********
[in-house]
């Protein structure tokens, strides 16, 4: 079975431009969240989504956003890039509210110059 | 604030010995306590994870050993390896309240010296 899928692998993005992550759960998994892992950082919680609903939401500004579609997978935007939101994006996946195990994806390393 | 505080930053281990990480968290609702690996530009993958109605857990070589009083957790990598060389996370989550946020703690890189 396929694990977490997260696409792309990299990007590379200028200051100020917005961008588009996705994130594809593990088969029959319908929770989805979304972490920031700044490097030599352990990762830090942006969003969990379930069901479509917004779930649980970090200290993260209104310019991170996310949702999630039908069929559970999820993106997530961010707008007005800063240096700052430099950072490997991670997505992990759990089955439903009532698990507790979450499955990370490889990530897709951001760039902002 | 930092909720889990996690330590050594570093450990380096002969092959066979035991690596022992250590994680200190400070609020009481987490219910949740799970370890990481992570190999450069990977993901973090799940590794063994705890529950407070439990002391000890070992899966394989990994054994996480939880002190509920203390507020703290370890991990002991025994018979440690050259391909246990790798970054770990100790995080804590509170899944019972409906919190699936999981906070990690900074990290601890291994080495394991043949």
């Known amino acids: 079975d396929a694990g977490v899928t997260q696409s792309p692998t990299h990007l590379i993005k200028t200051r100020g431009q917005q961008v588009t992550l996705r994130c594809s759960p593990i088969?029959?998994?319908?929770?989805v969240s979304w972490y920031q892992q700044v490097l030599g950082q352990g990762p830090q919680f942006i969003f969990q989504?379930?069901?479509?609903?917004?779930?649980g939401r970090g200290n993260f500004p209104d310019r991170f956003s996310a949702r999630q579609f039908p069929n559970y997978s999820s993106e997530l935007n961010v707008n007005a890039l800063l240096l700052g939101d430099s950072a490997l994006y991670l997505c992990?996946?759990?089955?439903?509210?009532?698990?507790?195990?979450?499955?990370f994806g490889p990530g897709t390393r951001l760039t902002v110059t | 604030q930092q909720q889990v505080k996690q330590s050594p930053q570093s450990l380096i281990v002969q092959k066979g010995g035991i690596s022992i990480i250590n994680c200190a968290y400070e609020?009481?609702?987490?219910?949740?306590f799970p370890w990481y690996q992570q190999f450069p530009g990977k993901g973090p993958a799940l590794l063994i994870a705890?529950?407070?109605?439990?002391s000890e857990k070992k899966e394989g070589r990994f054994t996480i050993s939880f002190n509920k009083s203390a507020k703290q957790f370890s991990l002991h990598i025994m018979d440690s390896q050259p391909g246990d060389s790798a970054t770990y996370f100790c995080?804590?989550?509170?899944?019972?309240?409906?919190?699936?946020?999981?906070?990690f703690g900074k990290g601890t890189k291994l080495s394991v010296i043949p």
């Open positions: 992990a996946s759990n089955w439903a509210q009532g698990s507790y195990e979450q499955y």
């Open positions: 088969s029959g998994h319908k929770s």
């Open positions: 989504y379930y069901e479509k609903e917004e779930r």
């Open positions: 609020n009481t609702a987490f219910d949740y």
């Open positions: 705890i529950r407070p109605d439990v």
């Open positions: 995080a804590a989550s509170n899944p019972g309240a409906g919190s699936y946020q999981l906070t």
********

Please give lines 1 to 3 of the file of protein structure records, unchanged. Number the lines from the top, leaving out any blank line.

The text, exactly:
[in-house]
């Protein structure tokens, strides 16, 4: 079975431009969240989504956003890039509210110059 | 604030010995306590994870050993390896309240010296 899928692998993005992550759960998994892992950082919680609903939401500004579609997978935007939101994006996946195990994806390393 | 505080930053281990990480968290609702690996530009993958109605857990070589009083957790990598060389996370989550946020703690890189 396929694990977490997260696409792309990299990007590379200028200051100020917005961008588009996705994130594809593990088969029959319908929770989805979304972490920031700044490097030599352990990762830090942006969003969990379930069901479509917004779930649980970090200290993260209104310019991170996310949702999630039908069929559970999820993106997530961010707008007005800063240096700052430099950072490997991670997505992990759990089955439903009532698990507790979450499955990370490889990530897709951001760039902002 | 930092909720889990996690330590050594570093450990380096002969092959066979035991690596022992250590994680200190400070609020009481987490219910949740799970370890990481992570190999450069990977993901973090799940590794063994705890529950407070439990002391000890070992899966394989990994054994996480939880002190509920203390507020703290370890991990002991025994018979440690050259391909246990790798970054770990100790995080804590509170899944019972409906919190699936999981906070990690900074990290601890291994080495394991043949």
């Known amino acids: 079975d396929a694990g977490v899928t997260q696409s792309p692998t990299h990007l590379i993005k200028t200051r100020g431009q917005q961008v588009t992550l996705r994130c594809s759960p593990i088969?029959?998994?319908?929770?989805v969240s979304w972490y920031q892992q700044v490097l030599g950082q352990g990762p830090q919680f942006i969003f969990q989504?379930?069901?479509?609903?917004?779930?649980g939401r970090g200290n993260f500004p209104d310019r991170f956003s996310a949702r999630q579609f039908p069929n559970y997978s999820s993106e997530l935007n961010v707008n007005a890039l800063l240096l700052g939101d430099s950072a490997l994006y991670l997505c992990?996946?759990?089955?439903?509210?009532?698990?507790?195990?979450?499955?990370f994806g490889p990530g897709t390393r951001l760039t902002v110059t | 604030q930092q909720q889990v505080k996690q330590s050594p930053q570093s450990l380096i281990v002969q092959k066979g010995g035991i690596s022992i990480i250590n994680c200190a968290y400070e609020?009481?609702?987490?219910?949740?306590f799970p370890w990481y690996q992570q190999f450069p530009g990977k993901g973090p993958a799940l590794l063994i994870a705890?529950?407070?109605?439990?002391s000890e857990k070992k899966e394989g070589r990994f054994t996480i050993s939880f002190n509920k009083s203390a507020k703290q957790f370890s991990l002991h990598i025994m018979d440690s390896q050259p391909g246990d060389s790798a970054t770990y996370f100790c995080?804590?989550?509170?899944?019972?309240?409906?919190?699936?946020?999981?906070?990690f703690g900074k990290g601890t890189k291994l080495s394991v010296i043949p």